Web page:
So, in general, I’m finding all my old notes, collating them, bringing them together, and bringing out the main points, and then just, as I go through my life this year, for instance, I’m writing things that come up. And then when I have a specific deadline to finish which, in general, is the end of this year, then it’s just about going in and getting down to it. But it’s on a list of things that I have to do, which in itself is becoming substantial.
And on that list anywhere, are there explorations into any different art forms, such as film or TV?
Not overtly. Having seen what is picked up on films - it’s interesting, I kind of have an idea of what works in that sense. Then as we do stuff in the future, or as I put together music, I kind of get this idea of what it might look like on film. But it’s a tough one because you can’t have considerations like that be too present in your mind, or else you’ll start working for the purpose of getting on TV, because that really is the beginning of the end. If you start making music thinking “this’ll be really good on a TV advert”, then just take the money and run!
Is there ever a time when, for example, you’re recording music for one project that you think “actually, this would work better on a different album, or as part of a different band”?
No, it can all just go into what I’m working on. There are tunes like ‘Space Carnival’ on The Comet Is Coming that is literally a Sons Of Kemet tune (‘My Queen Is Doreen Lawrence’), and that was written before we went into the studio to record the Comet album. But in the moment, I just played it and it became a tune. Which is all fine, because regardless of if I use the same melody for anything, the context will be so different between each record or project that, if it’s recognisable, it’ll be forgivable.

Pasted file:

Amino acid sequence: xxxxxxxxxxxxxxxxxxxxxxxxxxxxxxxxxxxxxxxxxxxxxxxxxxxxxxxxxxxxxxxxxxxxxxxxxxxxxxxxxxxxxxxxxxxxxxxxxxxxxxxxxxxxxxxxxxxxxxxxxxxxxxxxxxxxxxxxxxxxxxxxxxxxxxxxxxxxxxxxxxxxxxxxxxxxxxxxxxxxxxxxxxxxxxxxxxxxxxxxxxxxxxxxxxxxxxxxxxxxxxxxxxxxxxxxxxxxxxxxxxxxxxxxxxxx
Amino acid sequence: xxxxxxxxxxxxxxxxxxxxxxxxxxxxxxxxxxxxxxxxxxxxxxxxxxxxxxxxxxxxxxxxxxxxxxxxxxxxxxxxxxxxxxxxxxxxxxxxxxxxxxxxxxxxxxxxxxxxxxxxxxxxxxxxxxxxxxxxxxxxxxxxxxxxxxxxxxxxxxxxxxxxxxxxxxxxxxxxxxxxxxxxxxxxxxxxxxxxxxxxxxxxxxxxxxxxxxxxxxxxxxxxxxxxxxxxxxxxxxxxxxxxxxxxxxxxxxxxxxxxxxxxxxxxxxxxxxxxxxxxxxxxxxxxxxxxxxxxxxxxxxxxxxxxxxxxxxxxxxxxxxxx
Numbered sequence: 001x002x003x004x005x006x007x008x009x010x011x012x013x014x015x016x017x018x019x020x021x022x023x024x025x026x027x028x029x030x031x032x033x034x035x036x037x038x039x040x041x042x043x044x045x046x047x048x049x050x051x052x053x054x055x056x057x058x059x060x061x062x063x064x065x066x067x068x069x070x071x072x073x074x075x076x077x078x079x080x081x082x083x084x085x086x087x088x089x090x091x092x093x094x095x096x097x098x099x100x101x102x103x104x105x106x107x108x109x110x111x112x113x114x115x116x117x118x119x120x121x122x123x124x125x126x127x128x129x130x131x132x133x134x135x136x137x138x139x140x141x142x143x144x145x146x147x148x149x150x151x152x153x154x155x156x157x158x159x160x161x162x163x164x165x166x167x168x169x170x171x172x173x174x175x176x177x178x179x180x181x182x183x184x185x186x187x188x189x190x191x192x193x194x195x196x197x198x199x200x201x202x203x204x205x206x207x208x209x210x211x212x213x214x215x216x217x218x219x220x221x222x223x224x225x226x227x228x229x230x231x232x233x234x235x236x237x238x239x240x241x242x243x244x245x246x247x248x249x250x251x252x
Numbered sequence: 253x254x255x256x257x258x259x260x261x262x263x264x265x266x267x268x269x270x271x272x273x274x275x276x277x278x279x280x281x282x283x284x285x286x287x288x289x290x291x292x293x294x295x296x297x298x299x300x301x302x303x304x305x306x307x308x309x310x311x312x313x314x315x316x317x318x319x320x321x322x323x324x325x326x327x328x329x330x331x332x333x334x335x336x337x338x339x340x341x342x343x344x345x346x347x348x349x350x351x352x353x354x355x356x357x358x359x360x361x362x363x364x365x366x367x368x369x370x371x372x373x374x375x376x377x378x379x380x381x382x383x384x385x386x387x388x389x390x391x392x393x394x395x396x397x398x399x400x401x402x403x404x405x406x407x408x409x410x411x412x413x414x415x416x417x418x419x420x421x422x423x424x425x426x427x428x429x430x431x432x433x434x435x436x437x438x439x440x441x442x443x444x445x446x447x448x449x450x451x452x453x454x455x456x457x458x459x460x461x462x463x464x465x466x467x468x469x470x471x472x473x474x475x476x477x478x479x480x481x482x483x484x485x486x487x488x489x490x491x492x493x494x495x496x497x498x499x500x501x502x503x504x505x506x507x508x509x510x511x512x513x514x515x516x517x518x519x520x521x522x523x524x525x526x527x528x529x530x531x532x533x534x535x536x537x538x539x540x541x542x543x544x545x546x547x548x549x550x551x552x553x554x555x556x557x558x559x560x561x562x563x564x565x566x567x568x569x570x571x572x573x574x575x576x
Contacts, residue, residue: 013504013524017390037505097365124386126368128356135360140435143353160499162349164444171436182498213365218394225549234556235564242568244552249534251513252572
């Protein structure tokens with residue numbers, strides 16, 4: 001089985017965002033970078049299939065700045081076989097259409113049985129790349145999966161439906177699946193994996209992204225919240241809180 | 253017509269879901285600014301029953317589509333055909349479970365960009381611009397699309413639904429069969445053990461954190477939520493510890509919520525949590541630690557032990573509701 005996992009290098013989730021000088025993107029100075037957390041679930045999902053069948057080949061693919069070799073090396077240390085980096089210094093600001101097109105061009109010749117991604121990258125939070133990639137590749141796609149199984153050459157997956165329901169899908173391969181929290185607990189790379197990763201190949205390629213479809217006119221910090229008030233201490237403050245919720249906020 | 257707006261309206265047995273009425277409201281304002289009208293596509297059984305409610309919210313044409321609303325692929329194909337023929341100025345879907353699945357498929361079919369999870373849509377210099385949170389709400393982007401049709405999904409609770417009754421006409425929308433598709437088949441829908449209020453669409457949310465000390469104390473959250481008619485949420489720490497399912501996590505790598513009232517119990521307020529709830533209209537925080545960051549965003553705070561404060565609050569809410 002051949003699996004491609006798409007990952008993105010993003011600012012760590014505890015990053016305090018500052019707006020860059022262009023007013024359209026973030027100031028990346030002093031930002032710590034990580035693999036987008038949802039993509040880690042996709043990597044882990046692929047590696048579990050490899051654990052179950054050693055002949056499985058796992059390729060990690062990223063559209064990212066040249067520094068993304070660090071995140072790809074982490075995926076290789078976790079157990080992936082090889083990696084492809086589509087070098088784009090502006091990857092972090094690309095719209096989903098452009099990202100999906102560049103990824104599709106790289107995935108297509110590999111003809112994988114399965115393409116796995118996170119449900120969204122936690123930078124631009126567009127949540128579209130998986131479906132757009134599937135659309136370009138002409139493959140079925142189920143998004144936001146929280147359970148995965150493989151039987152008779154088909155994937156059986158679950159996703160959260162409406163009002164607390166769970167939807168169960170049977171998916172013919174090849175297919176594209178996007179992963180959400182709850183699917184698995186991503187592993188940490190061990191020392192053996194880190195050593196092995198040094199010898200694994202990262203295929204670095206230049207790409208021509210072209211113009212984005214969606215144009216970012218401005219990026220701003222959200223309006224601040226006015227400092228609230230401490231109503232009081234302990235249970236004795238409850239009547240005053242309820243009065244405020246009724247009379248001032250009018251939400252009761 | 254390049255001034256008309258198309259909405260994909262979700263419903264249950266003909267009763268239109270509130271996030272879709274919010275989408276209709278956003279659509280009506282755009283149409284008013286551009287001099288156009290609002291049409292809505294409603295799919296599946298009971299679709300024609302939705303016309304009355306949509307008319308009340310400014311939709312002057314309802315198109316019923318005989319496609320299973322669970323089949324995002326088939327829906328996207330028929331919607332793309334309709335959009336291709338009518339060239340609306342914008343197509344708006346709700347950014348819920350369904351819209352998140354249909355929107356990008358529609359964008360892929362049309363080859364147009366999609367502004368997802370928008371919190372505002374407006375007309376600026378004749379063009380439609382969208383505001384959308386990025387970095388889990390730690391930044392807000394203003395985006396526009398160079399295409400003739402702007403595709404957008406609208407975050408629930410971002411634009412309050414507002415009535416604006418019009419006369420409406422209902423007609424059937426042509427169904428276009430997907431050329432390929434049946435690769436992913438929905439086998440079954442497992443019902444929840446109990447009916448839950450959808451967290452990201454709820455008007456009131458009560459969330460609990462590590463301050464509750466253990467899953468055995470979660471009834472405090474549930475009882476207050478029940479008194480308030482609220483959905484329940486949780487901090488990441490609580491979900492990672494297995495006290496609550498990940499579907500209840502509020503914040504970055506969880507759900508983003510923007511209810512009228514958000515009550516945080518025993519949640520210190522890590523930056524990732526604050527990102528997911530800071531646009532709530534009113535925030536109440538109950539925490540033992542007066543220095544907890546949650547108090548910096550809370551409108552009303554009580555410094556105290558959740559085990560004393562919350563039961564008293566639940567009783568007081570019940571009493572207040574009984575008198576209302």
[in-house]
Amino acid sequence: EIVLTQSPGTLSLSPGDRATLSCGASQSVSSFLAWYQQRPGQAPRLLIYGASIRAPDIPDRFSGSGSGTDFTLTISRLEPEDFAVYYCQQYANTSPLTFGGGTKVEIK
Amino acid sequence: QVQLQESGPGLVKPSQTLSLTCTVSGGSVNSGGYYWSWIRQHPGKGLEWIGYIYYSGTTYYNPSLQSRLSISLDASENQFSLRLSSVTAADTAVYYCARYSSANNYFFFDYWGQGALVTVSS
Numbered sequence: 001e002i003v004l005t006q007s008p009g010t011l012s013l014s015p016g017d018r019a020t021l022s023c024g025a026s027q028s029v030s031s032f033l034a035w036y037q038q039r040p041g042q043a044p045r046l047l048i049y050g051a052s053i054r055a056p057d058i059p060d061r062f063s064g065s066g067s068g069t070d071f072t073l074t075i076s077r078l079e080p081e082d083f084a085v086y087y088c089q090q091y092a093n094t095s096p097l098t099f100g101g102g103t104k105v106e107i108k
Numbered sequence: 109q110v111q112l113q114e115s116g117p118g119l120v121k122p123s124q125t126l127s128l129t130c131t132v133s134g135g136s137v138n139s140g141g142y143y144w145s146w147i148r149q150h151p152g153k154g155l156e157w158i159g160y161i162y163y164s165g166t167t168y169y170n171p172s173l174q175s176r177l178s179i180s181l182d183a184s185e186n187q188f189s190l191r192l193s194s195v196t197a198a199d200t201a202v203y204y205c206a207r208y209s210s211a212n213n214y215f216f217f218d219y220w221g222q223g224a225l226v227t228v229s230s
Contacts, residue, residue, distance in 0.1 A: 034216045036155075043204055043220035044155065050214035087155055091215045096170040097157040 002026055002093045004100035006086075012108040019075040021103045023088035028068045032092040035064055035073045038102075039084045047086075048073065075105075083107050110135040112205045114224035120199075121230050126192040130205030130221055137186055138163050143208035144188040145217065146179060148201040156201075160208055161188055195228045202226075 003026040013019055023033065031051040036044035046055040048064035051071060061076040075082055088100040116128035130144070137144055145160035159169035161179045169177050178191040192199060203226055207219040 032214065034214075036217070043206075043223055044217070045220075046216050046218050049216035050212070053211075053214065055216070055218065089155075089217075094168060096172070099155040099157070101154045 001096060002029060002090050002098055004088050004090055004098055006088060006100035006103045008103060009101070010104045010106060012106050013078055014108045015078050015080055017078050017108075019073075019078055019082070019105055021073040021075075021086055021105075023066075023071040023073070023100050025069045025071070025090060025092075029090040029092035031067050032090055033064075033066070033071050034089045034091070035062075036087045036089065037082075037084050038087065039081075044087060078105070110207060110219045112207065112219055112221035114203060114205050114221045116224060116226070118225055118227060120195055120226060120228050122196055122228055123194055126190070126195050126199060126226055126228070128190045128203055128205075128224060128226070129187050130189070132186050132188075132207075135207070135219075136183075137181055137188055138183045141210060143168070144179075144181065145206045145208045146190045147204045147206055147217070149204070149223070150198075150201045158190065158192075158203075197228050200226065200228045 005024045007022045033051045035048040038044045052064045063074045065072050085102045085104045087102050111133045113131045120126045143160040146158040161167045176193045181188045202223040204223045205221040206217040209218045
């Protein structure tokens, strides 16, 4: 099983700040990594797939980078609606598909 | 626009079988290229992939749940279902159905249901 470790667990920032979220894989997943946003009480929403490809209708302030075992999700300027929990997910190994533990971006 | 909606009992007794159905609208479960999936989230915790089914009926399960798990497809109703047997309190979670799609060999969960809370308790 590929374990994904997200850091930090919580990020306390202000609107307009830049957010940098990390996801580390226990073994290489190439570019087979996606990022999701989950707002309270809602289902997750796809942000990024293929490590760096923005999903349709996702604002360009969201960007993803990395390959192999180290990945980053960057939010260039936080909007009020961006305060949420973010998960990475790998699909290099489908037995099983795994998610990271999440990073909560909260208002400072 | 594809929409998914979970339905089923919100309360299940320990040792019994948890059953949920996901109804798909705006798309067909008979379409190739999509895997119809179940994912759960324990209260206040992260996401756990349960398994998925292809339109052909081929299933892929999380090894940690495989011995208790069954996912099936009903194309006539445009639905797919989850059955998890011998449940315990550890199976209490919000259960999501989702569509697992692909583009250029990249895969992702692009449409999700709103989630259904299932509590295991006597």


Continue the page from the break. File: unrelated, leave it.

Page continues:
That’s sounds a nice freedom to have.
Yeah, and there aren’t tunes that I have which I’m so precious about where I want to save it for a particular band. I’ve started a record label and we’re going to have our first release later this year. And the whole idea for that label is that I write all the music, fix all the musicians, and produce everything.
So, even with that, there’ll be tunes that I think are fantastic that I’ll give to someone else because I really do think that if you just put the music out there, more music will come in to you. It doesn’t make sense to hold onto music thinking it’s the best thing that you’ve done because you don’t know until you get rid of it and do something else.
- - -
- - -
As a by-product of that versatility, there can be a level of mystery around the projects, and the people that make projects, like yours.
I don’t know, is there much mystery?
Maybe mystery isn’t necessarily the right term. But, because there isn’t the presence of a regular voice, in terms of a spoken voice to it, it’s as though the image of you that people may have in their mind may be completely different to the person that you are.